The studio marries a feature trilogy and TV series based on the seven-novel franchise; Akiva Goldsman, Ron Howard and Brian Grazer producing
In an ambitious and somewhat unprecedented deal spanning its film and television divisions, Universal Pictures and NBC will produce a three-part film franchise and a TV series based on Stephen King's seven-book "The Dark Tower" collection.
Akiva Goldsman, Ron Howard and Brian Grazer — the Oscar winning trio behind "A Beautiful Mind" and "The Da Vinci Code" — will executive produce. Howard will direct and Goldsman will write the first film installment, as well as the first season of the TV series, which will debut shortly after that seminal movie.
King will also be listed as a producer.
An epic fantasy series, "The Dark Tower" spans multiple dimensions and eras, weaving many of King's previous works together. It has sold more than 30 million copies to date across 40 countries worldwide.
The acquisition itself — announced by Universal Pictures chairman Adam Fogelson and co-chairman Donna Langley, along with NBC Universal Television Entertainment chairman Jeff Gaspin and NBC prime-time entertainment president Angela Bromstad — is novel in its scope in complexity.
In terms of similarly ambitious book-rights acquisitions, perhaps the only other comparable example was New Line's JRR Tolkoin's "Lord of the Rings" more than a decade ago.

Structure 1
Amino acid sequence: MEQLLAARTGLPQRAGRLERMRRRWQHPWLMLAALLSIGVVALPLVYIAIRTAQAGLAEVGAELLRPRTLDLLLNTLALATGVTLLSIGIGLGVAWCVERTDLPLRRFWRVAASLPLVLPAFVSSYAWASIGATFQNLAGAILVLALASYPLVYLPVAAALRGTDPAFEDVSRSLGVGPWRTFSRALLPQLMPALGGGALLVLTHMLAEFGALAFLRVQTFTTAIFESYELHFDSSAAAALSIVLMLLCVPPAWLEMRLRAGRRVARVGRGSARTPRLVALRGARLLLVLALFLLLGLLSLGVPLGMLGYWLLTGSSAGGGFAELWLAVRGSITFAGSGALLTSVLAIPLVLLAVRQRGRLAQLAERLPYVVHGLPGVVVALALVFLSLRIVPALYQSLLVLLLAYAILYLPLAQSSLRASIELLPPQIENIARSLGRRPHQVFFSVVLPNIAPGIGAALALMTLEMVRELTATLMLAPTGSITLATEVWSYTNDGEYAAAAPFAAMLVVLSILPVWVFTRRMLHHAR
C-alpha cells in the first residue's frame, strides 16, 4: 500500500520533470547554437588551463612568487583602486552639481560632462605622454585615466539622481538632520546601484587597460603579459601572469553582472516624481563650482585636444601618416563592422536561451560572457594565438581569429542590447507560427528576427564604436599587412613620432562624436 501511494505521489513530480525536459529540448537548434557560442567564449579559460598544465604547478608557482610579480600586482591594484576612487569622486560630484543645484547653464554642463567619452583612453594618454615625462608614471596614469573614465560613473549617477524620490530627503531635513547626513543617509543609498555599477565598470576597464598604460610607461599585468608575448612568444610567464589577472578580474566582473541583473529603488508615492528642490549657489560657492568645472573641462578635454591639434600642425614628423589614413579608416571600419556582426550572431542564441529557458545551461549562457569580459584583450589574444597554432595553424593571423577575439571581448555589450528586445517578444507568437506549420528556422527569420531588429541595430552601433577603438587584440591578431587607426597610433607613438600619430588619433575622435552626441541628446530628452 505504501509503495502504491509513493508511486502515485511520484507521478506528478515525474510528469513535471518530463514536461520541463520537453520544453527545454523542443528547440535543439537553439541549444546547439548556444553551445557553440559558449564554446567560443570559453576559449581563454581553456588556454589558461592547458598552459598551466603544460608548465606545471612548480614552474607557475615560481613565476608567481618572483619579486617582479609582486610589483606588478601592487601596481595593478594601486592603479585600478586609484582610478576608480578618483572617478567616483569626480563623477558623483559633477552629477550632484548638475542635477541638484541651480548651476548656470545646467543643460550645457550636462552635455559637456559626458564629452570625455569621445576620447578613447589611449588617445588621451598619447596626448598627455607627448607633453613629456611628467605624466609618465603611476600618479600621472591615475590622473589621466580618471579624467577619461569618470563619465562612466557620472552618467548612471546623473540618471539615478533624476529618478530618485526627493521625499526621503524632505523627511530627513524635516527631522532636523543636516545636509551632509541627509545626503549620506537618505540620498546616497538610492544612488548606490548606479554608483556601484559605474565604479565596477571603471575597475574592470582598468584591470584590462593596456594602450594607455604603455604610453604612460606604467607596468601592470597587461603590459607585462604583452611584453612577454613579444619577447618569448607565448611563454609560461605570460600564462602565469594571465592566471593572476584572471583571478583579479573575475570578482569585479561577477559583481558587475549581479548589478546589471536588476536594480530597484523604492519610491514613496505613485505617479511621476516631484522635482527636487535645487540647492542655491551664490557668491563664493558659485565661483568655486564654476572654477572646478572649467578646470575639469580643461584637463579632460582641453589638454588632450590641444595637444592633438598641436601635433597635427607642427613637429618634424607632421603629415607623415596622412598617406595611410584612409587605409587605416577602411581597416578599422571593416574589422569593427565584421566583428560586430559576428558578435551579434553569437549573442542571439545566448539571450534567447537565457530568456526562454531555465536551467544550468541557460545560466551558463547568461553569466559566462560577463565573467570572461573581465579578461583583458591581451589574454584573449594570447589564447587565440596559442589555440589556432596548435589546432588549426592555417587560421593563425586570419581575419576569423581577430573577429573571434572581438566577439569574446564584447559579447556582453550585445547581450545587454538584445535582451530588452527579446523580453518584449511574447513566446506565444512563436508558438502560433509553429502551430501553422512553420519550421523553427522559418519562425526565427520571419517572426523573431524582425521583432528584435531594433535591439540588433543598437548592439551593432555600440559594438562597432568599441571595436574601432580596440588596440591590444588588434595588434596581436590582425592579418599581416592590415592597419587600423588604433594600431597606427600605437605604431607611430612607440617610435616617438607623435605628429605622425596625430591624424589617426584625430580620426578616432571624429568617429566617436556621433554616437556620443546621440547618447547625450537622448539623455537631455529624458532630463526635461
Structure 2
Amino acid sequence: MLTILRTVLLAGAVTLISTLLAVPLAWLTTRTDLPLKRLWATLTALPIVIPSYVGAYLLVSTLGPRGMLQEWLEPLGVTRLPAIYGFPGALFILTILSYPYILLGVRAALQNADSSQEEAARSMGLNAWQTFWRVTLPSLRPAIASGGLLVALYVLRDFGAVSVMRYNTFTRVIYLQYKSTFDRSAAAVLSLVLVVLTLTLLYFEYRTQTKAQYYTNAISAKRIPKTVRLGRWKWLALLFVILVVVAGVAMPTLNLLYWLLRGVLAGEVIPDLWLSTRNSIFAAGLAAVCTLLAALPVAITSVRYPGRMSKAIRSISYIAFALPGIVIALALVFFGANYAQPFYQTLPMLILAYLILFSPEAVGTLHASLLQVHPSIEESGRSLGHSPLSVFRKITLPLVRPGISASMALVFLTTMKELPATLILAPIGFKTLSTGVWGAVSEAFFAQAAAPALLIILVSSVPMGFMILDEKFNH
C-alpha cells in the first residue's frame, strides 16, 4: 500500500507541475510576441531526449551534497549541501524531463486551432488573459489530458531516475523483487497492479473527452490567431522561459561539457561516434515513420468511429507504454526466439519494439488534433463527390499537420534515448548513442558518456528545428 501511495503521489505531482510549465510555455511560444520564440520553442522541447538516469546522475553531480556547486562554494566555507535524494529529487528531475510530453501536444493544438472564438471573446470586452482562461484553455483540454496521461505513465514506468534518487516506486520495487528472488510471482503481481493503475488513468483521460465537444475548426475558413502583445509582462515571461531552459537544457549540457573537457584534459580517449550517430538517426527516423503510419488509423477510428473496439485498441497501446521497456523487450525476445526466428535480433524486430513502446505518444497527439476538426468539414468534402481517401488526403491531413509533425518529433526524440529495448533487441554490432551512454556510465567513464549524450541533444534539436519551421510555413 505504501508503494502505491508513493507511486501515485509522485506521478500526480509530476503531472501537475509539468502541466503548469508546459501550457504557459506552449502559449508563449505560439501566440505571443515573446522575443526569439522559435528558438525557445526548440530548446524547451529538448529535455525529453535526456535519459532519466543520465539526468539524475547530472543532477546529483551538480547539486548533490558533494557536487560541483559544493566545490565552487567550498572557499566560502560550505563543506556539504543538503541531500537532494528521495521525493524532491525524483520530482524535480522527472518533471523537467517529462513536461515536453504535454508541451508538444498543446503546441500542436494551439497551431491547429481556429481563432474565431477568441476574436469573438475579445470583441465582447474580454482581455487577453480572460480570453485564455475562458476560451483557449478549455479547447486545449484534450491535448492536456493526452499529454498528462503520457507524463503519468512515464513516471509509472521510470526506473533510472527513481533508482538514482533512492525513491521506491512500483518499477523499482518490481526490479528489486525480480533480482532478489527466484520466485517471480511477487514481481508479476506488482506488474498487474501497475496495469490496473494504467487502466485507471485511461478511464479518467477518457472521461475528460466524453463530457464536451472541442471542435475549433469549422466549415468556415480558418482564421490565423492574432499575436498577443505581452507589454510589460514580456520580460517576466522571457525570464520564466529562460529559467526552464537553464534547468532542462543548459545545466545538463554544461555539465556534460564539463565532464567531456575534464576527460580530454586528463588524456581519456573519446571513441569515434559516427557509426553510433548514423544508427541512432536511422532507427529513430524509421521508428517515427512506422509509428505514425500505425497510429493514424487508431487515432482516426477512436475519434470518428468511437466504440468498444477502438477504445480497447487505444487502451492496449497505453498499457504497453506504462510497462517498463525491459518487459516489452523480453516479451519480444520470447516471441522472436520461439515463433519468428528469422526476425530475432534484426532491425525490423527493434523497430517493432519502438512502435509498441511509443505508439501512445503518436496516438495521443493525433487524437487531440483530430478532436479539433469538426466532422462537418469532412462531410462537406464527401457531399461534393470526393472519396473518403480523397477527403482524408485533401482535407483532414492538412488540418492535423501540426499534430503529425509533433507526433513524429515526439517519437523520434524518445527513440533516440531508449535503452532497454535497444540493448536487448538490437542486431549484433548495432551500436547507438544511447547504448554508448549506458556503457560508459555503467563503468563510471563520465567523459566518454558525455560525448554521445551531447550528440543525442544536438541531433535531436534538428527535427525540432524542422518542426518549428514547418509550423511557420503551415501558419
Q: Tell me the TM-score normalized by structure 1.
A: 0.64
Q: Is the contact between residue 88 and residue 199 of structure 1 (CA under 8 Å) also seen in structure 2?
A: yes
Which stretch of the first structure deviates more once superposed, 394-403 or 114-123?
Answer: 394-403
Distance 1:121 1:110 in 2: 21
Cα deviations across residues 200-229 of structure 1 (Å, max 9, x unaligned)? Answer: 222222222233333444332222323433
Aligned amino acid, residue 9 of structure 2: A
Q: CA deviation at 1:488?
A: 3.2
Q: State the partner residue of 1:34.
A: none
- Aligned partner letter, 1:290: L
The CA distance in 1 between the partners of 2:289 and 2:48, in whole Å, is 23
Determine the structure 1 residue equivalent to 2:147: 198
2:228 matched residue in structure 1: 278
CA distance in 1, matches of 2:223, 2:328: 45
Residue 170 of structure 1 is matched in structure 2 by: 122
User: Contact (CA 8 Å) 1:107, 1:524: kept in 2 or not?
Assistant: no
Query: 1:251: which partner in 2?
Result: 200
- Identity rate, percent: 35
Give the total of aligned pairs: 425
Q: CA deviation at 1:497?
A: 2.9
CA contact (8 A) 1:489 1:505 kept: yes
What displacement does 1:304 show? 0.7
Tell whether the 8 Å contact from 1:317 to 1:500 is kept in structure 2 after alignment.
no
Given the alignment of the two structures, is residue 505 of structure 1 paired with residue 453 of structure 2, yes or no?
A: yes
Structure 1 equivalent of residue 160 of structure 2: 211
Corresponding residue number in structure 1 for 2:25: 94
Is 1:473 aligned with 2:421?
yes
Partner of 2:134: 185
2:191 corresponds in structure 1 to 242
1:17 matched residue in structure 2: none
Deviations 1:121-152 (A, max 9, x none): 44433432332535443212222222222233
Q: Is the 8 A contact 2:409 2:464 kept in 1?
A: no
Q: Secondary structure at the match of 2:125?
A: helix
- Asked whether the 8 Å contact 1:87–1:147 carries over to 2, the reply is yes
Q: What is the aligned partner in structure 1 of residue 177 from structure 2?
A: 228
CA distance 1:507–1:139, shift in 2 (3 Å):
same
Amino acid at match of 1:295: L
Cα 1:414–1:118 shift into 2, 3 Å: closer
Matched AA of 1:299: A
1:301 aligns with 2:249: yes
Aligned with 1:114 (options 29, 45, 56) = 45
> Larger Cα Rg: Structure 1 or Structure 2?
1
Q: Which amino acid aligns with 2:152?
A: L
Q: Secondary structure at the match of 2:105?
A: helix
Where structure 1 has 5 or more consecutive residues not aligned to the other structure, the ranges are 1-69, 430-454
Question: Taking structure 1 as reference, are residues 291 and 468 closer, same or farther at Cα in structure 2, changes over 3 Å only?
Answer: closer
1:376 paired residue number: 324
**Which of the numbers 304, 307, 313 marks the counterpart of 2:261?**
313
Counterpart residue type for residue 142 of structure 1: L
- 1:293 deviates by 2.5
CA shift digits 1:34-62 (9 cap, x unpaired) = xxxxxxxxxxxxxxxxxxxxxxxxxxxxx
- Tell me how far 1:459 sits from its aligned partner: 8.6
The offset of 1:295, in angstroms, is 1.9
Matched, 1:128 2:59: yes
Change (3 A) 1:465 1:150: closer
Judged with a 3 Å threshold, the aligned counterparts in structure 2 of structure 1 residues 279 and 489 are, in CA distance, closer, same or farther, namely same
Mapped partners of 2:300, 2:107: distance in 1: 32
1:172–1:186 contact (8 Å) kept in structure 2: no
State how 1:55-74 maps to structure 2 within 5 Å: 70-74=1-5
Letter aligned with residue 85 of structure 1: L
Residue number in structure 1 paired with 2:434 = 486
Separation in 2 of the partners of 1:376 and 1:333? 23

So why a TV series, too?
According to the producers, the complexity of King's characters lent themselves to the kind of further examination that can only be developed on television.
"The worlds of Stephen King's 'The Dark Tower' series are richly detailed, inter-locking and deeply connected," Goldsman said in a statement. "By telling this story across media platforms and over multiple hours — and with a view to telling it completely — we have our bast chance of translating Roland's quest to reach the Dark Tower onto screen. We are proceeding with tremendous excitement, fidelity to the source material and, quite frankly, no small amount of awe at this opportunity."
Added Howard: "By using both the scope and scale of theatrical filmmaking and the intimacy of television, we hope to more comprehensively do justice to the characters, themes and amazing sequences King has given us."
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